• Make sure all workers have been trained to use and have an adequate supply of all-purpose cleaners and disinfectants, when
      needed. Follow the complete CDC guidelines for cleaning and disinfection. Follow Cal/OSHA requirements and manufacturer
      instructions for safe use and required personal protective equipment for cleaning products.
    • Workers should have enough ventilation (air flow) in areas where they are disinfecting. If cleaning in a bathroom or other small space, make sure the door and windows are propped open.
    • Clean HVAC intakes and returns daily.
    • Workers should be supplied with first aid supplies, including bandages or other items to cover any cuts, scratches, or open wounds on skin and have sufficient supply to change the bandages often.
    • Patrons should be reminded to maintain six feet of distance from janitorial or custodial workers. Implement a process to regularly check in with workers to ensure visitors are following this protocol. Ensure workers are able to share such information without fear of reprisal or retaliation.
    • Procure options for third-party cleaning companies to assist with the increased cleaning demand, as needed.
  • Equip entrances and exits, exercise machines, fitness rooms, changing rooms and locker rooms, and other areas with proper sanitation products, including hand sanitizer and sanitizing wipes, and provide personal hand sanitizers to workers who regularly engage with patrons (e.g., reception workers).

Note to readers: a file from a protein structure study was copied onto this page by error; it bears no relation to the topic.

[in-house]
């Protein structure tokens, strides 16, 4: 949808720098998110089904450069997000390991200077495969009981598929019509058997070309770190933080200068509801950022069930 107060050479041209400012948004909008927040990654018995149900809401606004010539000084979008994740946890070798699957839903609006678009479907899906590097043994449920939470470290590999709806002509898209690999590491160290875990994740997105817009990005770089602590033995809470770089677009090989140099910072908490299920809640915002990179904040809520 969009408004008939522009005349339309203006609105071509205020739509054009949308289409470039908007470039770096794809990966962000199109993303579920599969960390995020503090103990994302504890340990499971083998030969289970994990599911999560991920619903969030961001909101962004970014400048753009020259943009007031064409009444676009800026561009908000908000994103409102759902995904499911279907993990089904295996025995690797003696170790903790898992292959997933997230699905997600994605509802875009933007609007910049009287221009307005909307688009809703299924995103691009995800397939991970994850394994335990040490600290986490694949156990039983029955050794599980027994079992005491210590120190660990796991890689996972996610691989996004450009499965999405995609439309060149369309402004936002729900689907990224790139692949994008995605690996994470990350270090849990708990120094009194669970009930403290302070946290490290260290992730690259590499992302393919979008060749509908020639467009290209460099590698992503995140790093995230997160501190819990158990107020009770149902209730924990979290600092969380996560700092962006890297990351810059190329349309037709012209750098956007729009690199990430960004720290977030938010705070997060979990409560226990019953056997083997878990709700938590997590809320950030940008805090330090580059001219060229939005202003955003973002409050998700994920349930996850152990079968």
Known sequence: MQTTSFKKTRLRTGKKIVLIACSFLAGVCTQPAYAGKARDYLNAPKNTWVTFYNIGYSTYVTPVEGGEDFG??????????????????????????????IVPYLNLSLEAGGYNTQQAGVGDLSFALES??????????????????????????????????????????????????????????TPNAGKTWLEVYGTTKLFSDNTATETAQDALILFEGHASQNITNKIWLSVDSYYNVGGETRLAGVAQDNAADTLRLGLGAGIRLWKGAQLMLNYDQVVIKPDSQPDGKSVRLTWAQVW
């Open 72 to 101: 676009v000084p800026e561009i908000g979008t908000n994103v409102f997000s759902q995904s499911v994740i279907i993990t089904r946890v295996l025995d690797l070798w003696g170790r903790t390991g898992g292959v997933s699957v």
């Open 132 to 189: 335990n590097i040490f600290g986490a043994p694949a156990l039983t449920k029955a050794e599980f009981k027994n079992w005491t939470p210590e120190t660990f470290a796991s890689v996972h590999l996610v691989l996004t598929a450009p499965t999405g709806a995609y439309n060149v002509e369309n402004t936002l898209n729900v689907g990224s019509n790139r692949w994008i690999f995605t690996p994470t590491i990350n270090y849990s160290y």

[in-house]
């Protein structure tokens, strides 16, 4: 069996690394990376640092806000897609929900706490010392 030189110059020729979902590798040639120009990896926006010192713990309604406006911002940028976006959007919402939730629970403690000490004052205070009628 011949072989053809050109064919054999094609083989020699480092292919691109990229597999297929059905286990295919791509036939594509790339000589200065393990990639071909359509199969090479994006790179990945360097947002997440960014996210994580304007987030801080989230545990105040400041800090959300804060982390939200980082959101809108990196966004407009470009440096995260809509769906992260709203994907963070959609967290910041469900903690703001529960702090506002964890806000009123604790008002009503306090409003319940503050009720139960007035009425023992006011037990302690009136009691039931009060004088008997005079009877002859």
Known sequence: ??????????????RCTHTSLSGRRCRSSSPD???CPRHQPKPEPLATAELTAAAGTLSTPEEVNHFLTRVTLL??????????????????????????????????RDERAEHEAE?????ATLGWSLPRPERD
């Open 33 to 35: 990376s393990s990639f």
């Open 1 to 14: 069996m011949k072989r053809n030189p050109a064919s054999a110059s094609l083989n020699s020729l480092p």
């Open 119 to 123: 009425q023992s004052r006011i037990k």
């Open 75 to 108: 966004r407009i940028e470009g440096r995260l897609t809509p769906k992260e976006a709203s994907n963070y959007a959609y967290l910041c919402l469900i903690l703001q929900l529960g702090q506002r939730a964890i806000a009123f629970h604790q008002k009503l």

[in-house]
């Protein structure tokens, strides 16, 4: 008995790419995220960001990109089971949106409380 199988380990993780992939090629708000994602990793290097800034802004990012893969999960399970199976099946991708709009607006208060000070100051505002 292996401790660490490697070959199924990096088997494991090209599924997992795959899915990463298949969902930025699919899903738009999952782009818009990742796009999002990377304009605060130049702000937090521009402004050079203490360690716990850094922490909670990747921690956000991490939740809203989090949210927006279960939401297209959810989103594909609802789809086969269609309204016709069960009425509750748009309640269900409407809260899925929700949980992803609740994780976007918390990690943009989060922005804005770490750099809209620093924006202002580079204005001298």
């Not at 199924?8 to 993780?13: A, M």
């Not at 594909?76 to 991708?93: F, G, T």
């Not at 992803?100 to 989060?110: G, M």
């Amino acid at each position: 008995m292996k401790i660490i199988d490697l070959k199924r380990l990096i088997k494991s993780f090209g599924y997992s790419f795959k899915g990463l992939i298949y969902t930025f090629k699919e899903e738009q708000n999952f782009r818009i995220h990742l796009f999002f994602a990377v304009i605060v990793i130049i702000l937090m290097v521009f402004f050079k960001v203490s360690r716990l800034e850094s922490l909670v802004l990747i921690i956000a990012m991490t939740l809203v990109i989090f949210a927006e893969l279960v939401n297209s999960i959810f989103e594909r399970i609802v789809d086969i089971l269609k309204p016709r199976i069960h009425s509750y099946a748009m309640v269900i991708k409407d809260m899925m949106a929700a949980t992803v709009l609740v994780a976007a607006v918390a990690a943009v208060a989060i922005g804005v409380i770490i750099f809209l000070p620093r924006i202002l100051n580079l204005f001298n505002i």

• Require patrons to disinfect individual exercise equipment, mats, and machines before and after use with provided disinfecting wipes. Ensure that lined, non-touch trash receptacles are available throughout the fitness facility to dispose of used wipes.
  • If members are unable or unwilling to wipe/disinfect equipment after exercise, provide “ready to clean” tags for members to place on equipment after use, to ensure equipment is disinfected before the next use.
  • Consider implementing a check-out system for patrons to utilize any small equipment and accessories (i.e. exercise bands, ropes, mats, foam rollers, etc.). Develop a process to clean and disinfect these items upon return.
  • Follow CDC guidelines to ensure that all water systems are safe to use after a prolonged facility shutdown to minimize the risk of Legionnaires’ disease and other diseases associated with water.
  • Wherever possible, install touchless, automatic water dispensers for use with personal, reusable water bottles or single-use, disposable paper cups. Display signage reminding workers and patrons that the bottle or cup should not touch the water dispenser. If a touchless water dispenser is not feasible, remind workers and patrons to wash their hands or use proper hand sanitizer before and after touching the water release button on drinking fountains.
  • Encourage patrons to bring their own towels and mats and consider disbanding the provision of any facility-provided towels or personal hygiene products.